Bioimpedance Spectroscopy in Detecting Lower-Extremity Lymphedema in Patients With Stage I, Stage II, Stage III, or Stage IV Vulvar Cancer Undergoing Surgery and Lymphadenectomy
RATIONALE: Diagnostic procedures, such as bioimpedance spectroscopy, may help doctors to predict the onset of lower-extremity lymphedema in patients with vulvar cancer undergoing surgery.
PURPOSE: This phase II trial studies bioimpedance spectroscopy in detecting lower-extremity lymphedema in patients with stage I, stage II, stage III, or stage IV vulvar cancer undergoing surgery and lymphadenectomy.
Procedure: assessment of therapy complications
Procedure: bioimpedance spectroscopy
Procedure: therapeutic conventional surgery
|Study Design:||Masking: Open Label
Primary Purpose: Diagnostic
|Official Title:||A Limited Access Phase II Trial Utilizing Bioimpedance to Measure Lower Extremity Lymphedema Associated With the Surgical Management of Vulvar Cancer|
- Sensitivity, specificity, and feasibility of bioimpedance technology compared to current techniques in measuring lower-extremity lymphedema in patients undergoing surgery for vulvar cancer [ Designated as safety issue: No ]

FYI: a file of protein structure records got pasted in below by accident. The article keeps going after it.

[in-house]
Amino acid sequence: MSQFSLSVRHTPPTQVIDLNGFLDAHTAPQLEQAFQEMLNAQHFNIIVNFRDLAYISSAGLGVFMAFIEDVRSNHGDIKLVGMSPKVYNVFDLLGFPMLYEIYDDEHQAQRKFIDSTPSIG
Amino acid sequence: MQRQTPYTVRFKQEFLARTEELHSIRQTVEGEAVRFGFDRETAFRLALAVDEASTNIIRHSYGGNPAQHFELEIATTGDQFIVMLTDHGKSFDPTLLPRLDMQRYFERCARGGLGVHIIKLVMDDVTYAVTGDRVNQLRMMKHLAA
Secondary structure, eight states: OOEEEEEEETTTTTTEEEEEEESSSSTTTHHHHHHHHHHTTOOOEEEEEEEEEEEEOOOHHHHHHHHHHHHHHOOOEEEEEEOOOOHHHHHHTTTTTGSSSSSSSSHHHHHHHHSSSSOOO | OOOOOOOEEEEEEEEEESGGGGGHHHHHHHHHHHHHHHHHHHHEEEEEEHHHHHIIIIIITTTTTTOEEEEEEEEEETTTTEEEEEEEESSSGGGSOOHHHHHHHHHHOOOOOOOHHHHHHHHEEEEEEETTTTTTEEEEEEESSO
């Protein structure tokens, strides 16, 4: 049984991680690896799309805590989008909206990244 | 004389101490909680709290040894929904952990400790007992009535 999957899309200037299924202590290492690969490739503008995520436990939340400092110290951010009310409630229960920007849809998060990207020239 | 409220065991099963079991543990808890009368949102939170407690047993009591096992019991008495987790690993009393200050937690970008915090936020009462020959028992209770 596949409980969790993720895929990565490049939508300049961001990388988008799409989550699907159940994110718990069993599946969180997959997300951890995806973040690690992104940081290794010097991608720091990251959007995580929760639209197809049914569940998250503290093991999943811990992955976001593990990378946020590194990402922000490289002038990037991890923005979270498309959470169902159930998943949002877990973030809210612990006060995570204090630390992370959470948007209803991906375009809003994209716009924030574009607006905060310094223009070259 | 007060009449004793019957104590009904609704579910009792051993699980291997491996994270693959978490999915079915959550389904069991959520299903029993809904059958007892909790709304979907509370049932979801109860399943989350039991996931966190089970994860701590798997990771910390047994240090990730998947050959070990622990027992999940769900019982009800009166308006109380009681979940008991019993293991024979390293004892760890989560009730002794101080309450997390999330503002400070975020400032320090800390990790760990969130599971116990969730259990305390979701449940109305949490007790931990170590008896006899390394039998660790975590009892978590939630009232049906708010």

- Frequency and severity of adverse events using CTCAE v4.0 [ Designated as safety issue: Yes ]
|Study Start Date:||July 2012|
|Estimated Primary Completion Date:||January 2015 (Final data collection date for primary outcome measure)|
- To evaluate the sensitivity, specificity, and feasibility of bioimpedance technology as compared to clinically derived measurements to include circumferential volumetric measurements to detect lower-extremity lymphedema in patients who are undergoing an inguinal lymphadenectomy during the concurrent surgical management of a vulvar cancer.
OUTLINE: This is a multicenter study.
Patients undergo preoperative and postoperative lower-extremity lymphedema assessment comprising serial circumferential measurements, bioimpedance spectroscopy measurements, and clinical evaluation using the Stemmer sign.
Patients undergo radical vulvectomy or radical local excision as prescribed by GOG-0244, and unilateral or bilateral inguinal or inguinal-femoral lymphadenectomy.
After completion of study, patients are followed up at 4-6 weeks, every 3 months for 1 year, and then every 6 months for 1 year.
|United States, Missouri|
|Mercy-Springfield, Cancer Research Ctr. for the Ozarks||Recruiting|
|Springfield, Missouri, United States, 65804|
|Contact: Jay W Carlson, DO email@example.com|
|Study Chair:||Jay W. Carlson, DO||Saint John's Physicians and Clinics|